Queensland has confirmed 16 more local virus infections, bringing the state’s the total number of active infections to 100.
Wednesday’s infections are all linked to the Indooroopilly Delta cluster, which has now grown to 63 cases.
But the state is dealing with two distinct outbreaks, with another case confirmed in Queensland. It was first reported on Tuesday afternoon, and is a Delta infection in a fully vaccinated reef pilot in Cairns.
It has not been linked to the expanding cluster in the state’s south-east. The pilot is thought to have caught the infection from someone on a ship off the Queensland coast.
Deputy Premier Steven Miles said the COVID cluster in the south-east, which led to the lockdown in 11 local government areas, already had more cases than any of of Queensland’s earlier outbreaks.
“This has become our biggest outbreak since the first wave last year,” Mr Miles said.
Of the latest cases in the south-east, four are linked to the Ironside State School, two to Indooroopilly State High School, one to Brisbane Boys Grammar and nine are close contacts or family members.
The cases were picked up from 51,479 tests in the 24 hours to Tuesday morning.
Despite the rapid growth of the outbreak, chief health officer Dr Jeanette Young said the surge in test numbers was a good sign that the lockdown would still end on Sunday as planned.
Testing has also been boosted in Cairns to detect any further transmission beyond the reef pilot.
Dr Young said there were 100 active cases in the Sunshine State, including those acquired overseas and in hotel quarantine.
“That’s the most we have had in Queensland since last year’s initial outbreaks,” she said.
Almost 10,000 people are in home or hotel quarantine across the state, with up to 14 of Wednesday’s cases thought to have been in the community for at least part of their infectious period.
“The good news, though, is of those 16 new cases related to the Indooroopilly Delta outbreak, two were in quarantine for their entire infectious period,” Dr Young said.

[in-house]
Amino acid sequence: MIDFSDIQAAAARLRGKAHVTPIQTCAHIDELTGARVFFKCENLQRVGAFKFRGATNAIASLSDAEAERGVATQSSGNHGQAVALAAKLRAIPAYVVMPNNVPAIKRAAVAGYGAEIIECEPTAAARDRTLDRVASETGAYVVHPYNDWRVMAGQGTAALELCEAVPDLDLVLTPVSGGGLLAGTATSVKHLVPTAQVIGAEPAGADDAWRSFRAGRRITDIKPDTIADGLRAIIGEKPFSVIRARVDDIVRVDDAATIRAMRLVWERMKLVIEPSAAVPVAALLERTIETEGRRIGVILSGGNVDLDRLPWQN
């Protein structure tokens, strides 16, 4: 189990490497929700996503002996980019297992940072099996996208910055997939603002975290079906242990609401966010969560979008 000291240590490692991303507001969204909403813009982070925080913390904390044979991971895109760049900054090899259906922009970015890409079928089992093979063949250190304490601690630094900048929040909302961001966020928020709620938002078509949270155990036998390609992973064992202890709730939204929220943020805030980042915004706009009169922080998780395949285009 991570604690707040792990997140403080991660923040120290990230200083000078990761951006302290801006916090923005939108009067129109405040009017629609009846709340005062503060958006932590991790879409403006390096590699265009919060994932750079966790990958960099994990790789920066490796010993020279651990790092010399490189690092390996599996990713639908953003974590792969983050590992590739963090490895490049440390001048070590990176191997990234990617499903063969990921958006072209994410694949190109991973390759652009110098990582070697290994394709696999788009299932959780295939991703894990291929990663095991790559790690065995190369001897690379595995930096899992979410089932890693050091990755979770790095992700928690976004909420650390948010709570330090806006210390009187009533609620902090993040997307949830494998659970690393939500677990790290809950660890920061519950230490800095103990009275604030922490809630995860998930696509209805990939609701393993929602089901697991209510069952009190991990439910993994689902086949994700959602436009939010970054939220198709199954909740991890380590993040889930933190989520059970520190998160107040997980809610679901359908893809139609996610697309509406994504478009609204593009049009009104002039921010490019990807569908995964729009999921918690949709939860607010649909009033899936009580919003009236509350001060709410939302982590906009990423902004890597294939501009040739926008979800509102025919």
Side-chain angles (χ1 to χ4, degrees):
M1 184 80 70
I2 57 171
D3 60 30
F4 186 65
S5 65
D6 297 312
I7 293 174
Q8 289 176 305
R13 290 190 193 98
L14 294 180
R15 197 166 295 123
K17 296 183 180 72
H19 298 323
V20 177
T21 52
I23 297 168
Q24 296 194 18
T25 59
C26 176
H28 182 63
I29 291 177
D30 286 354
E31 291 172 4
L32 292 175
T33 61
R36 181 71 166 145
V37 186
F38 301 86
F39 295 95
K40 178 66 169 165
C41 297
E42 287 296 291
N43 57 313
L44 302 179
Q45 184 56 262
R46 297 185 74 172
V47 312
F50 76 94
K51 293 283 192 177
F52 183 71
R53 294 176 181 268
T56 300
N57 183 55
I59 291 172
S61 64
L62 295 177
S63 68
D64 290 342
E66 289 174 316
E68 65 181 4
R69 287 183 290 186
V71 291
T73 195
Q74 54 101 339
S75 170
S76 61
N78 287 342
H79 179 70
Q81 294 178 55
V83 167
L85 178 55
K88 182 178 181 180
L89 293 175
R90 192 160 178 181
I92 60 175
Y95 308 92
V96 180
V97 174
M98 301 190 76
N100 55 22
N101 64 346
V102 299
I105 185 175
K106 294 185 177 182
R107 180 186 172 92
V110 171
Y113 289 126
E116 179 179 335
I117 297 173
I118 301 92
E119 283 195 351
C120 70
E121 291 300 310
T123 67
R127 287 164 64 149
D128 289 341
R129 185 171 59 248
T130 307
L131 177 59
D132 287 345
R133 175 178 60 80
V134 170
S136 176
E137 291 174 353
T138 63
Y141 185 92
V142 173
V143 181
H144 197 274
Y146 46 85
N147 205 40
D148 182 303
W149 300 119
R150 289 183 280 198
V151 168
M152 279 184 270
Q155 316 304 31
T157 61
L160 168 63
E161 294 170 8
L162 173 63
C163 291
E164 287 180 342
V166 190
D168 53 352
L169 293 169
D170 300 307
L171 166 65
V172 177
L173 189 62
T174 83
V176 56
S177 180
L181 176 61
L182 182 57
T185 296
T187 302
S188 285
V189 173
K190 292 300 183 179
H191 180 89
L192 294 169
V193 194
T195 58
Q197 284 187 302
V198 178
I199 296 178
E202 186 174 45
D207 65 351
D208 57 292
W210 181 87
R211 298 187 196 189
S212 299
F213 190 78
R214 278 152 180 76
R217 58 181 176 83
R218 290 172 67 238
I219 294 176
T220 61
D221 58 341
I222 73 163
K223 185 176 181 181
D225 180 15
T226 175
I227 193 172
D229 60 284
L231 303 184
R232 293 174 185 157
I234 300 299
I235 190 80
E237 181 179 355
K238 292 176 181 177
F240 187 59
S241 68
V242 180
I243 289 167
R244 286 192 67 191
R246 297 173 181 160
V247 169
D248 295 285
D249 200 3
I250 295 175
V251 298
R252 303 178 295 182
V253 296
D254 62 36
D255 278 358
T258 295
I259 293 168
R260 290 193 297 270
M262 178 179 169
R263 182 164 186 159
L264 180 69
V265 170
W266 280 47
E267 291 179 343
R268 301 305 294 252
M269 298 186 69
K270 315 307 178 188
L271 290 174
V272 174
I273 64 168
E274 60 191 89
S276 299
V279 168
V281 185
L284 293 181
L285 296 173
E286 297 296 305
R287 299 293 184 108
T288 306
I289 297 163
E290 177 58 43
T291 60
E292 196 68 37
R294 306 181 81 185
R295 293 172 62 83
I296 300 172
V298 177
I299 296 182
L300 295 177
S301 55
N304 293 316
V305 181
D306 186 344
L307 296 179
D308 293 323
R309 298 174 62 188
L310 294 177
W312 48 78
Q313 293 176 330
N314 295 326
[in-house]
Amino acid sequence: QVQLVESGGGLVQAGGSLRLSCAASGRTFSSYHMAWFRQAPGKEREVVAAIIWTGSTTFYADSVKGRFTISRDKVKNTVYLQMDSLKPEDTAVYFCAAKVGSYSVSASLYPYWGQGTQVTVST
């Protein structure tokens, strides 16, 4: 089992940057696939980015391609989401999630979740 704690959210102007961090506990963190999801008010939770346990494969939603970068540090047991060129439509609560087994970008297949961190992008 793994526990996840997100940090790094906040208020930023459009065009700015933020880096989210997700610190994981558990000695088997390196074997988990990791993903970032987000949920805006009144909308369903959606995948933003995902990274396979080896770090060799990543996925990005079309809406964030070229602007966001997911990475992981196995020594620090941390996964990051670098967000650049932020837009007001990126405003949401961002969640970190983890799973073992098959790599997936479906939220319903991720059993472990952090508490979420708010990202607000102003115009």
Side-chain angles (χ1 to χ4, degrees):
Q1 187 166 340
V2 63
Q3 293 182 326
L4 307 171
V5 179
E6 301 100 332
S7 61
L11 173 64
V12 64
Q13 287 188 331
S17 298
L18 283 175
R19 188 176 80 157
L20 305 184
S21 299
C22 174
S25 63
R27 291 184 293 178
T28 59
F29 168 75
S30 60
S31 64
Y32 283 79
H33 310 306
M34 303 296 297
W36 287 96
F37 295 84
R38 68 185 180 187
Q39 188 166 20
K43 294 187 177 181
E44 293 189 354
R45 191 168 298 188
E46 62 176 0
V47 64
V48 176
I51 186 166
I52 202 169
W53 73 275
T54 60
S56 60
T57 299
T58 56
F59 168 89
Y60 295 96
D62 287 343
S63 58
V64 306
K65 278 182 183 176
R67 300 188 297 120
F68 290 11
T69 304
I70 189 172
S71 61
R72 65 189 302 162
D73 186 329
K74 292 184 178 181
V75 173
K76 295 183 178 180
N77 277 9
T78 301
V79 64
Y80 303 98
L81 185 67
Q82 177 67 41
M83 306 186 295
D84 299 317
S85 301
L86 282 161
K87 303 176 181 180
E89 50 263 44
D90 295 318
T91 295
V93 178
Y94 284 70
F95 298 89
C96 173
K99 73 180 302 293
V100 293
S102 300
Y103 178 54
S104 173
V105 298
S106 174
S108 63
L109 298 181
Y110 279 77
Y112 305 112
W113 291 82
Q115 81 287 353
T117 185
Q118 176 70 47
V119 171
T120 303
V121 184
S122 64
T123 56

At least one of the new infections was out and about for five days, and Dr Young has urged residents to check for new exposure sites.
She said the lockdown was not intended to eradicate the cluster but to ensure any new cases were in quarantine throughout their entire infectious period.
“It doesn’t matter [if] we’ve had those cases because they’re in quarantine, so it won’t stop us lifting the restrictions on Sunday,” she said.
“Please, everyone just think of what you can do in the next few days so we can lift this and we can beat all the predictions about how long it takes to get such a large cluster under control.”
Queensland Police issued 48 penalty infringement notices on Tuesday, including 34 to people who were out and about during the lockdown without a valid reason.
Mr Miles urged people to stay home unless they absolutely needed to head out for essential shopping or health care.
“Five more days, do the right thing, and then next week you can buy all the sun lounges you think you need,” he said.
In other developments, Brisbane’s EKKA public holiday has been cancelled. It will be rescheduled when Parliament resits at the end of August.